I wrapped up my project on December 31. After 365 straight days of playing games and blogging about them, I decided I needed a break. I have the next phase of TheNoyse.com planned out (relatively speaking, as we all know how well I plan things ahead of time), but before I jumped into Phase 2, I needed to recharge my batteries. I never would have thought it, but playing a video game every single and day and writing about each and every one, for an entire year, is actually quite exhausting.
Sure, there were times during the year when I thought I would just keeping going with the blog come January 1, or even start the next phase right away. Then, there were days where the end of the year couldn’t come soon enough, and I didn’t want to play games or write every again. By the end of the year, when I saw the light at the end of the tunnel, a sense of relief come over me and I felt like I could breathe. The last couple of weeks of the blog I was running on pure adrenaline and anxiety to finish. At the same time, however, I had an uncontrollable feeling of sadness. This blog was my baby that I raised and nurtured for an entire year, and to see it coming to end was devastating. I didn’t want to let go, I didn’t want it to stop.
But I had to. I was emotionally and mentally spent. I needed to rest and relax, and let it all sink in. I planned on these reflection pieces being written within a couple of days of completion of the blog, but low and behold, I think I started to enjoy the break and time away from it all a little too much. A month later, and here we are.
So this is the finale. The conclusion. My final thoughts and feelings about My Year of Gaming blog project. Instead of writing another 3000 words about everything I thought and felt about what I accomplished in a year, I’m going to do something different, more important to me. Besides, I don’t know if I can ever write enough words to fully describe everything I have felt over the course of the year, and that alone should tell you where I stand today.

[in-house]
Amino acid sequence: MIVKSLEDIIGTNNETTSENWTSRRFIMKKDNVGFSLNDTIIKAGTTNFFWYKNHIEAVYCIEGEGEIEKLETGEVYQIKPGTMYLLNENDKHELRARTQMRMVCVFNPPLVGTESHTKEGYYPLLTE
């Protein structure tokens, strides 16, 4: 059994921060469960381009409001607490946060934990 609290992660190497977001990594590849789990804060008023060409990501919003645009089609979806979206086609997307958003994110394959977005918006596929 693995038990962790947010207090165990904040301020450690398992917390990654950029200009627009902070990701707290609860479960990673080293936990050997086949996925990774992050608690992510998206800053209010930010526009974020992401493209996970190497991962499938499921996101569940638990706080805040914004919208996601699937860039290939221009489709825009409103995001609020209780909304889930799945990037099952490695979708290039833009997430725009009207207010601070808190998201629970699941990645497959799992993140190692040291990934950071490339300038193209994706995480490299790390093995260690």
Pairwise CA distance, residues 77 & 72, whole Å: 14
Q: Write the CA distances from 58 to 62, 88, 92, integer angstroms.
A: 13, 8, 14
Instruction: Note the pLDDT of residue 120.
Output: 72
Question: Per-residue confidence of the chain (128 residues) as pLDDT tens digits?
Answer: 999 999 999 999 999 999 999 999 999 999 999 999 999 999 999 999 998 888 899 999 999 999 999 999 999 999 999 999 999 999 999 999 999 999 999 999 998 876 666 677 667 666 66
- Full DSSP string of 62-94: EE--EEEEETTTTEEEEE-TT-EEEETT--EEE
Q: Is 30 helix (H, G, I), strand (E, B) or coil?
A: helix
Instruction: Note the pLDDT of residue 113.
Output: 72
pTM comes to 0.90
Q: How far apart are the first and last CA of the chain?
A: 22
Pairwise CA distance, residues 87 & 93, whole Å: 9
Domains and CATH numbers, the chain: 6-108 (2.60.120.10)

This blog started out as a solo project to prove something to myself, about myself. One man, 365 days of video game playing and blogging. If I were to finish my journey, it would be because of me, and for me. That’s how I saw it, at least.
A funny thing happened though. The blog evolved, matured and developed organically, on its own. It changed, and for the best. It wasn’t about me anymore, it was about those reading it, enjoying it and relying on it to be updated on a daily basis. By the end, it wasn’t an accomplishment for me, it was a testament of how many good people I met throughout the year, and the great community out there who just like to play games and be good people.
I started My Year of Gaming blog project for me. I finished it not just for you all, but because of all you. So without further ado, I want to say thank you to all of those people who touched my life in one way or another this past year and helped make the completion of this project possible…
Mana Drake – for making my really cool banner that everyone got to see and enjoy every single day.
AIAS – for hosting that DICE Awards Twitter contest and setting everything in motion to give me the opportunity to say thank you to all these wonderful people.
Eric Bailey – for writing an awesome little article about my project, constantly showing love and having the guts and determination to write a review for every single NES game every released. Good luck bro!
That Damn Pixel – for conducting an interview with me about the blog for their own gaming blog over in the UK, and showing support from early on.
Mike Lynch – for bridging the gap between the sports world and video games with me, if only for a couple of hours a day. Also, your appreciation for “My Week Of Halo” was instrumental in reaffirming that was a nice addition to the blog.
James Carr – for inspiring me to do something greater, and to help me realize that it’s perfectly okay to dream big sometimes.
Seth Saltzman – for always being tied to TheNoyse.com, no matter how far removed you are from it.
Will Gray – for supporting me back when we were two young, dumb kids with dreams of the big time.
Robert Payne – for reminding me how inspirational music can be, on many different levels.